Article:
The View from Olympus: The Marine Corps, Again: Fire/Counterfire.

The October, 2021 Marine Corps Gazette contains a long letter from Lt. Gen. Paul K. Van Riper and Col James K. Van Riper, both USMC Ret., denying the value of the concept of Fourth Generation war and of the broader intellectual framework of the Four Generations of Modern War.  Their timing is perhaps a bit off, since we just saw the Marine Corps, along with the other American armed services and some NATO allies, defeated in a Fourth Generation war in Afghanistan.  But I have known General van Riper for decades and respect him highly, so a reply is in order.

As the Van Ripers’ note, war has an immutable nature, though the conduct of war (they say “character”) changes over time.  Change itself is thus part of war’s nature, and it makes war’s nature dialectical.  One way of war establishes itself for a shorter or longer time as dominant; it is challenged by a new way of war, usually mixed with elements of the old, becomes dominant and the cycle begins anew.  Thesis, antithesis, synthesis; we see it over throughout history.  I call the new syntheses “generations.”  The Van Ripers’ can call them “bananas” if they want to.  But to deny war is dialectical is to deny its nature.

As to Fourth Generation war, the Van Ripers miss its essence.  It is not, as they state, insurgency, nor do 4GW entities win by having superior will.  It is a contest for legitimacy, which makes John Boyd’s moral level of war decisive: people regard as legitimate whatever entity seems most moral to them (their standards of morality may be very different from ours).  The entity that has legitimacy in their eyes is one they are willing to fight for, to the point of becoming suicide bombers (throughout military history, suicide attacks have been rare).  It is the power of 4GW at the moral level that enables physically weak entities like ISIS and the Taliban, who have no tanks, fighters/bombers, artillery, or the other usual measures of combat power, to defeat the U.S. Marine Corps and other state armed forces.  With our massive firepower, we win all the battles, but they win the wars.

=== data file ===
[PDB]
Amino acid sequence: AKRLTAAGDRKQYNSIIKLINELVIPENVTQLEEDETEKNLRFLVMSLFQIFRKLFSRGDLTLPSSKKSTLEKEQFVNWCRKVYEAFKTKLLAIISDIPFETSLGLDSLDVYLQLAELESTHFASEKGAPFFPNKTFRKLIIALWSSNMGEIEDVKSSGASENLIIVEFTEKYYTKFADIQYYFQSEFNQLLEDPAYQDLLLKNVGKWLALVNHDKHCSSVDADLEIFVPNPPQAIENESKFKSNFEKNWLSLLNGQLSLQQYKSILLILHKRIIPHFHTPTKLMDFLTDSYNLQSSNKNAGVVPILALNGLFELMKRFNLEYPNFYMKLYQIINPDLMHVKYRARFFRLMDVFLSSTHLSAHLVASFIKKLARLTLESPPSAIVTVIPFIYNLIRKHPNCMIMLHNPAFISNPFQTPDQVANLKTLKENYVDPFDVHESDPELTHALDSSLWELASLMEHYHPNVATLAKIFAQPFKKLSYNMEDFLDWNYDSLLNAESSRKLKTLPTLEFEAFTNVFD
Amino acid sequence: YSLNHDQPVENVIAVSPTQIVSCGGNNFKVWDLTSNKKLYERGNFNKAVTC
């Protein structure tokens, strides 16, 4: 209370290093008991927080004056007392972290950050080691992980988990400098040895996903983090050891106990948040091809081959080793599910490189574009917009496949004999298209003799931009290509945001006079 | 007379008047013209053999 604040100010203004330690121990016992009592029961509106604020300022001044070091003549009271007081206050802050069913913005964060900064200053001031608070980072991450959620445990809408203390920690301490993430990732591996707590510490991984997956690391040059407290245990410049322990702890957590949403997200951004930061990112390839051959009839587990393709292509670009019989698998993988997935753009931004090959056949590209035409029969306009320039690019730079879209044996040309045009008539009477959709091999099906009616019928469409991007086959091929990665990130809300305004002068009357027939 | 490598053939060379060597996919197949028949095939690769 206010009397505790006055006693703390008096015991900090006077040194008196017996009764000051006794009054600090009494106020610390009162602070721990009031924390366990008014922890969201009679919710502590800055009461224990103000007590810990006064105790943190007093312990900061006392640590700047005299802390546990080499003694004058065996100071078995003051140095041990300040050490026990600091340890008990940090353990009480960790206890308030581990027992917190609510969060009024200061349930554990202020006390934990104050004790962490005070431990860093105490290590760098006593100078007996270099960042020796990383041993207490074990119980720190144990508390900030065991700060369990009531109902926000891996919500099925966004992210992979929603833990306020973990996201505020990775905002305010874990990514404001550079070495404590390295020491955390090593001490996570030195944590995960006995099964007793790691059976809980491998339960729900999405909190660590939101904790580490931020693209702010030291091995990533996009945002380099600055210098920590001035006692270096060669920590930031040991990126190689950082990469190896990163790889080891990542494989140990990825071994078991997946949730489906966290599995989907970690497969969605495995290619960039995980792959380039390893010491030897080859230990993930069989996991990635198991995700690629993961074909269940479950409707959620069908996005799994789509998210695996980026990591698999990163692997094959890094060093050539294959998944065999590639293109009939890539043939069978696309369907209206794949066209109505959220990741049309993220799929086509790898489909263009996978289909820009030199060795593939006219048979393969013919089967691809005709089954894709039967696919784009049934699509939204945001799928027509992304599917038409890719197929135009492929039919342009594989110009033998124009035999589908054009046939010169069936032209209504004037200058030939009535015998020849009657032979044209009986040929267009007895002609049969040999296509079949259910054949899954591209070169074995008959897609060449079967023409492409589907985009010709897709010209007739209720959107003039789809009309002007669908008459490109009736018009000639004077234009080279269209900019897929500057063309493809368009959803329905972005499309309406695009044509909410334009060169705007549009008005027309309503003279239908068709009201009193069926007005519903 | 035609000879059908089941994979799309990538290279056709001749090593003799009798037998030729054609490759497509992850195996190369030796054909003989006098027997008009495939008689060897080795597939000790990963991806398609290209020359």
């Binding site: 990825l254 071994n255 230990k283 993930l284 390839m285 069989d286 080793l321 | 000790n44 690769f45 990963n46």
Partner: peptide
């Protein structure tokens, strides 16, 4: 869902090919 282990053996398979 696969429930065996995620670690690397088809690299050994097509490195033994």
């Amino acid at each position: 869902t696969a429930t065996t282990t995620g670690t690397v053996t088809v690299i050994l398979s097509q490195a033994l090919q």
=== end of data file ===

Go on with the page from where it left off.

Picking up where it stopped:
The van Ripers argue that:

Many of the characteristics that Lind identifies as central to the fourth generation of war — the rise of non-state actors, decentralization, and the blurring of the lines between combatants and civilians — have dominated wars of past ages.  They are not new to a so-called fourth generation of war.

I agree completely, and I have pointed the same thing out for decades.  The framework I advocate is the four generations of modern war, war beginning with the Peace of Westphalia in 1648.  4GW has many similarities to war before the rise of the state.  

The Van Ripers discount the fading states’ legitimacy around the world, but do not seem to understand that even in their own country, a growing number of people question it.  How many Trump voters consider the combination of the Biden Presidency and Democratic control of both Houses of Congress legitimate?  Had the election gone the other way, how many people on the left would accept President Trump as legitimate?  How many did so in his first term?  As I have said and written many times, you do not have to go to the Hindu Kush to fight Fourth Generation war; it is coming to a theater near you.

Finally on the subject of 4GW, the Van Ripers write, “Lind has continued to champion the fourth generation of war ever since, without success, having failed to operationalize it in any meaningful way.”  May I suggest to them the Fourth Generation Warfare Handbook, co-authored by Lt. Col. Greg Thiele, USMC, and myself?  It is based on seminars Lt. Col. Thiele and I led at EWS and thus on the experiences of many Marine captains just back from fourth generation wars in Iraq and Afghanistan.